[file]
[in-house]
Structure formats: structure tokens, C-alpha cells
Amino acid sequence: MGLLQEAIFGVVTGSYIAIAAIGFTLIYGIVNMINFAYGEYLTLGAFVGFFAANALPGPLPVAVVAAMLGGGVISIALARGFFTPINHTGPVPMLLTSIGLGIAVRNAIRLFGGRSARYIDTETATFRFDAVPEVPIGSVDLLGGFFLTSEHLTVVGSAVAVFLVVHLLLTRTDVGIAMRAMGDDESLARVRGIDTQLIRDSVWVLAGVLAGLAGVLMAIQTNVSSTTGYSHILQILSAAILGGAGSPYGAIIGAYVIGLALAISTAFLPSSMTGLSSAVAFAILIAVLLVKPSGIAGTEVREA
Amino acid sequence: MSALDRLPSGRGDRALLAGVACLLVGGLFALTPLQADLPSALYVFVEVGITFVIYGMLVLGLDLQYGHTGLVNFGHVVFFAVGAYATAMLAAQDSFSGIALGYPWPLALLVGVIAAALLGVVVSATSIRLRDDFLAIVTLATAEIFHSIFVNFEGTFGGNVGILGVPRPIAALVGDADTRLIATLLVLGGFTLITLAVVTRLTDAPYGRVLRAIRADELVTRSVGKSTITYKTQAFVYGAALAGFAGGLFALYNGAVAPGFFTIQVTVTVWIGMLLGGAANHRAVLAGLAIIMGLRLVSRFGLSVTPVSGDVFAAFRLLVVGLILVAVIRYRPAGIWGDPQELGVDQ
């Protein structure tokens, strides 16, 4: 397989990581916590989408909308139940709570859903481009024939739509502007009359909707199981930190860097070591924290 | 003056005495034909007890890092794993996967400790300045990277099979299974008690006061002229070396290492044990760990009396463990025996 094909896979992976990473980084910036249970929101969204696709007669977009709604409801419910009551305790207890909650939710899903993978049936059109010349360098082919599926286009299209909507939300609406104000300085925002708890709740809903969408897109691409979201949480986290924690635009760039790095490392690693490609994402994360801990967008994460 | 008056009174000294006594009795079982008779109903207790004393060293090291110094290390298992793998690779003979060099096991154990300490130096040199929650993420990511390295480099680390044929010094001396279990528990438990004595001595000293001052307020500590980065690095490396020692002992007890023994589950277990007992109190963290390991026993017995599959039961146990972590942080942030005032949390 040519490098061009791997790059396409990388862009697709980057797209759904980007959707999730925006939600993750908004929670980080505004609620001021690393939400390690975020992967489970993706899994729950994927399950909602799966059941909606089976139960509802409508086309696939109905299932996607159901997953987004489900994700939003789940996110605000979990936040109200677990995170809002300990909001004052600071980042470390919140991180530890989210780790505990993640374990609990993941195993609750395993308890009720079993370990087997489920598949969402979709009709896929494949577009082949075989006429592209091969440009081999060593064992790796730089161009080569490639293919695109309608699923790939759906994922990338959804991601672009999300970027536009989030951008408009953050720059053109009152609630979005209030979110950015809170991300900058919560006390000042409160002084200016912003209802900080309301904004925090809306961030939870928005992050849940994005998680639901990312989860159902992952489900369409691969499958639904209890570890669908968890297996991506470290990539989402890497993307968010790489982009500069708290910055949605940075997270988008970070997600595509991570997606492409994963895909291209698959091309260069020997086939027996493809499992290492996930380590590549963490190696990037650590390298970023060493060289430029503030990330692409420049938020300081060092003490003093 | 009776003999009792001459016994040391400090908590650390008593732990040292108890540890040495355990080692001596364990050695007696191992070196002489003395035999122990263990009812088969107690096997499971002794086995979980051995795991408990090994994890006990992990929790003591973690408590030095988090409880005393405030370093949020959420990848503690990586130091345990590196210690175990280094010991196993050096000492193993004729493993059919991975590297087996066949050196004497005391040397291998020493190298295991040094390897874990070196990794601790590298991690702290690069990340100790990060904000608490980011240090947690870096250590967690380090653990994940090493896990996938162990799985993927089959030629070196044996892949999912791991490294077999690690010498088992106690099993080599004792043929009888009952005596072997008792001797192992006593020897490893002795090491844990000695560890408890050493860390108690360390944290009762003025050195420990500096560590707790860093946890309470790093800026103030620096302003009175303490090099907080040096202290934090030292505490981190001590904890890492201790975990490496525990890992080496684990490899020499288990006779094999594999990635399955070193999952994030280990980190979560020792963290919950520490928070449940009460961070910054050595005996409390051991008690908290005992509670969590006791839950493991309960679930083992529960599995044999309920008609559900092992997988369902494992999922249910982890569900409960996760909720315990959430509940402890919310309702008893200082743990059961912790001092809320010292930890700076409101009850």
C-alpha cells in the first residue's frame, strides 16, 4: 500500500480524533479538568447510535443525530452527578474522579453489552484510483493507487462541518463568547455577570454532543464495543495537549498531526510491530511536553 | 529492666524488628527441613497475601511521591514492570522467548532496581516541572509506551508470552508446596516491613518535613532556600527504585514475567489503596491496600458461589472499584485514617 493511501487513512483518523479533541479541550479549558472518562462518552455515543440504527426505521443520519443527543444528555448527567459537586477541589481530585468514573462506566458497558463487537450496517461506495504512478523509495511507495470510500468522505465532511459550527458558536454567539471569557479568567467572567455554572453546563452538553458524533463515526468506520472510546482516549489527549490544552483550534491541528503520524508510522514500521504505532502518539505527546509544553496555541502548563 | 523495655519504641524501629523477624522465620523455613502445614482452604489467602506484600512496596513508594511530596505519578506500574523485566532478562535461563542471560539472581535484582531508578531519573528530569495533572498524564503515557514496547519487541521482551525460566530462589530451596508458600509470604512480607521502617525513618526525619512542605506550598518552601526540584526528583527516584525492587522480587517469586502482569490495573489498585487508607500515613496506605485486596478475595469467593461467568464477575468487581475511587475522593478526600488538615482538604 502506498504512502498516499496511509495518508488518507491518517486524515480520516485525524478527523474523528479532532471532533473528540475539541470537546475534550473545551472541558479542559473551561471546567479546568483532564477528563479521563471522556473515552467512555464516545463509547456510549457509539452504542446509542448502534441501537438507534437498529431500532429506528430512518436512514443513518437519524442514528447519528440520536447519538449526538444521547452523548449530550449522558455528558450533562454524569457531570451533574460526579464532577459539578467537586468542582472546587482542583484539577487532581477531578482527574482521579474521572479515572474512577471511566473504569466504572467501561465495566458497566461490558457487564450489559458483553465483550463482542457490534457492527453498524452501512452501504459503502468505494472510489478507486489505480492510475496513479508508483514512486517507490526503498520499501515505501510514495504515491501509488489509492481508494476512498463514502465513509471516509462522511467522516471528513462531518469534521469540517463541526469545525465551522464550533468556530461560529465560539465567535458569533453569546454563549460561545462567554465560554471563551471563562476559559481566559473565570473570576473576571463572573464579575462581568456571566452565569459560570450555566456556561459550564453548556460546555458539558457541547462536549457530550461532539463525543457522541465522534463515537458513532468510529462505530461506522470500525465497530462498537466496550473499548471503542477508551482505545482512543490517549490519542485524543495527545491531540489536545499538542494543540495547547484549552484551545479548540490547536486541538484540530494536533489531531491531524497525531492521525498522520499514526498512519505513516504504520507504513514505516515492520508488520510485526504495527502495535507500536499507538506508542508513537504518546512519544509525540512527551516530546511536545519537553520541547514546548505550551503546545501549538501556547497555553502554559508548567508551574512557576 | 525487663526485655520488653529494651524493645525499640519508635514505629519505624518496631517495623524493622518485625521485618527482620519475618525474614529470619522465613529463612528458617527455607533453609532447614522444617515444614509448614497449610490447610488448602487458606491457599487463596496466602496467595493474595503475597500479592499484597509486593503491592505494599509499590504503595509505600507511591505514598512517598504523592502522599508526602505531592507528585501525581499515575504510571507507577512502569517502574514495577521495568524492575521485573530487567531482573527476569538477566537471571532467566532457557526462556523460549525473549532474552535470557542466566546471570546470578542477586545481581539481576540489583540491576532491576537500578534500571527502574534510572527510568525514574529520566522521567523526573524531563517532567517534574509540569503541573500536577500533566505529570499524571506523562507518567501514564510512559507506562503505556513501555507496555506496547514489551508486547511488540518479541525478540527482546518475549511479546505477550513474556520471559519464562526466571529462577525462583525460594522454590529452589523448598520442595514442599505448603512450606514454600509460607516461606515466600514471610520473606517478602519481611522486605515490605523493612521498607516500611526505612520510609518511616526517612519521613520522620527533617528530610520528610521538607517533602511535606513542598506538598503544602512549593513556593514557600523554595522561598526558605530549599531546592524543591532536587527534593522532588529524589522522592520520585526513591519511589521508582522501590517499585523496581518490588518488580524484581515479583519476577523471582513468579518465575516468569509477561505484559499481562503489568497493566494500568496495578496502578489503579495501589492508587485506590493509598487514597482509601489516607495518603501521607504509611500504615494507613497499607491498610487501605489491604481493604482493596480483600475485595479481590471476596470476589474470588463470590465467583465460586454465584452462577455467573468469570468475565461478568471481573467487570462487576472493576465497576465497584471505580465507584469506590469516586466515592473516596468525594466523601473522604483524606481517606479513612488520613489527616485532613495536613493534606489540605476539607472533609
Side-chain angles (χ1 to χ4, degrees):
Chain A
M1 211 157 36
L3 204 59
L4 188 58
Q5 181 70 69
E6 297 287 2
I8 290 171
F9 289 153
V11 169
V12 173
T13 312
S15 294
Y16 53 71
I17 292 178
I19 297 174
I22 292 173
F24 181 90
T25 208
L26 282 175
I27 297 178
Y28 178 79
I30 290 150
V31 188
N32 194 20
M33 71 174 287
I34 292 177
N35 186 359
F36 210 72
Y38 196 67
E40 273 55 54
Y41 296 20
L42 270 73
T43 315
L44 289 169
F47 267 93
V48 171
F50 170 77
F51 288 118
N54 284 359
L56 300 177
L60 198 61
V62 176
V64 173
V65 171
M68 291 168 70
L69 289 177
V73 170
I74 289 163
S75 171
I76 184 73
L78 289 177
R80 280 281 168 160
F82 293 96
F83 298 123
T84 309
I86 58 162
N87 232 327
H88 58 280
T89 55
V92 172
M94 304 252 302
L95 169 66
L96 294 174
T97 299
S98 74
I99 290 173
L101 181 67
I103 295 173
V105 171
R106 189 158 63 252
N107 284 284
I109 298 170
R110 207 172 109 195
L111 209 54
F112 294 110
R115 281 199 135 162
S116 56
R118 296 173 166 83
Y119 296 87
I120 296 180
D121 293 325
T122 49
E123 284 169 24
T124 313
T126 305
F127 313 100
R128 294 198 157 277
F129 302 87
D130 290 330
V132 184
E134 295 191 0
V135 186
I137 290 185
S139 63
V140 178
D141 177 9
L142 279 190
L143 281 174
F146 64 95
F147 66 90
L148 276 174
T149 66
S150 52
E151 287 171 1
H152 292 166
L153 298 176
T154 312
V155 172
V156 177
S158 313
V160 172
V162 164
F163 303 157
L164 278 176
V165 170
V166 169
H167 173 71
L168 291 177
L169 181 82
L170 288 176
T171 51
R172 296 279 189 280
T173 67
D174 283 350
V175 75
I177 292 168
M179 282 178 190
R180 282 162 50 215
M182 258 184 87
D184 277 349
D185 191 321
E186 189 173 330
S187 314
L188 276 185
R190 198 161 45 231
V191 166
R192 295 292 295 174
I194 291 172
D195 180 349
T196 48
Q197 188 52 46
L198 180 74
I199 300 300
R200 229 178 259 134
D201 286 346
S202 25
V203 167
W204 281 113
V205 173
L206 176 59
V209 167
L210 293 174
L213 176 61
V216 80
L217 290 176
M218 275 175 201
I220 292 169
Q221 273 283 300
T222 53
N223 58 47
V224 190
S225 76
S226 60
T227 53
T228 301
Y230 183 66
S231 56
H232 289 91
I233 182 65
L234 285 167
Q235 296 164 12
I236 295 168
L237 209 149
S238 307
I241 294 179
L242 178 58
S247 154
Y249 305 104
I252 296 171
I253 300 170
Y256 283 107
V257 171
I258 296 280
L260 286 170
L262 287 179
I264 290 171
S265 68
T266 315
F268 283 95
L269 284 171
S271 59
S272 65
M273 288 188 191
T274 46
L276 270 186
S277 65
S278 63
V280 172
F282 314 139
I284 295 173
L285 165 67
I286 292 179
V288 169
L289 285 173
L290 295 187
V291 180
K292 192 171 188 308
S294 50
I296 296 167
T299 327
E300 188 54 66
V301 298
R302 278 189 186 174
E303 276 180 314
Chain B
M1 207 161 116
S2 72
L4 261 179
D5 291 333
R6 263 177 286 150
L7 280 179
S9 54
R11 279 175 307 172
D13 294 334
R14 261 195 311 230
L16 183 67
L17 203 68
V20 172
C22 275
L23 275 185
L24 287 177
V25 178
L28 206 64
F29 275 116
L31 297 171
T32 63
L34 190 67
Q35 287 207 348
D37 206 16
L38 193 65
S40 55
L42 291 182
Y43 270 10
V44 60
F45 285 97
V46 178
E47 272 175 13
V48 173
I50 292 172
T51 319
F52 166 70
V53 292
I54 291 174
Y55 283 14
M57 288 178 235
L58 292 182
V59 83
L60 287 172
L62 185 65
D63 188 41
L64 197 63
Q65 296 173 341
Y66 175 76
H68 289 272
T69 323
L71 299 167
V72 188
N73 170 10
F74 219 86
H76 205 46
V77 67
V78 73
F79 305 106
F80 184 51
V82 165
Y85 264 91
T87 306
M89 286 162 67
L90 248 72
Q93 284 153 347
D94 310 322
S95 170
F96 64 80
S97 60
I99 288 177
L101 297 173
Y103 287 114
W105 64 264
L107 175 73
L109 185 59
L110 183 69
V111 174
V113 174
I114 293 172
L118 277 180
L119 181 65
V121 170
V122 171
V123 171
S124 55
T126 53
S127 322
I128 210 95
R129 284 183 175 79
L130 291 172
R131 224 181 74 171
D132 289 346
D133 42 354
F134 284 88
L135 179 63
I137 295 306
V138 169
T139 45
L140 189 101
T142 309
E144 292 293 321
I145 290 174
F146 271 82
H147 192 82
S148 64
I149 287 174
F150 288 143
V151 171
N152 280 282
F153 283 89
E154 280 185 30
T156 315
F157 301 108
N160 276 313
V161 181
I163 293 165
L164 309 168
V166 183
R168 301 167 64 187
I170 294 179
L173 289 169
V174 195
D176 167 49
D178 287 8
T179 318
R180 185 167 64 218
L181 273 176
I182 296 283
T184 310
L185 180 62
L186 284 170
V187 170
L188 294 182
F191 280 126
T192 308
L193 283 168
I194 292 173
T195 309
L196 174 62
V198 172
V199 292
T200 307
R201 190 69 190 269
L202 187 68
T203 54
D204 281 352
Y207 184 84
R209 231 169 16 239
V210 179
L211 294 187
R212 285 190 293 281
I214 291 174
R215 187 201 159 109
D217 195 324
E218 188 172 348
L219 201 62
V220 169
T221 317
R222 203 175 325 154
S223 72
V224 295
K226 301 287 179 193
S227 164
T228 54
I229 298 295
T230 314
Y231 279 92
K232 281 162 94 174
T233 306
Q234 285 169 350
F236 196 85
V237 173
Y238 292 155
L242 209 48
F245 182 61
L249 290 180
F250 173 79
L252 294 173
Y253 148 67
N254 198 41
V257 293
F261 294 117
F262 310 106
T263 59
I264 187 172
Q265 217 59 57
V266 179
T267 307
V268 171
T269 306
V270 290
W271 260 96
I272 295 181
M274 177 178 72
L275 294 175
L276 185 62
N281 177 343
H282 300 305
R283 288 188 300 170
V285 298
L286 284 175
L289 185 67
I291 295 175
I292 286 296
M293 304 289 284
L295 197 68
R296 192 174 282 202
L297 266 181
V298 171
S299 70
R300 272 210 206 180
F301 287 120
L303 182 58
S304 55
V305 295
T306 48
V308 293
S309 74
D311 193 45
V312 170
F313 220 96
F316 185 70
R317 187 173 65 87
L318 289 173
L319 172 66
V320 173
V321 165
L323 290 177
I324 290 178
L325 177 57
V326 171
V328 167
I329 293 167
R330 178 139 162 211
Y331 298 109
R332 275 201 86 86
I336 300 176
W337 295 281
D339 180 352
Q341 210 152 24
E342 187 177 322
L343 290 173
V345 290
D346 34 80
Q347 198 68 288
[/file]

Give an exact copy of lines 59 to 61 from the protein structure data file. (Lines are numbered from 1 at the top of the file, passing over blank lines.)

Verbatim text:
R80 280 281 168 160
F82 293 96
F83 298 123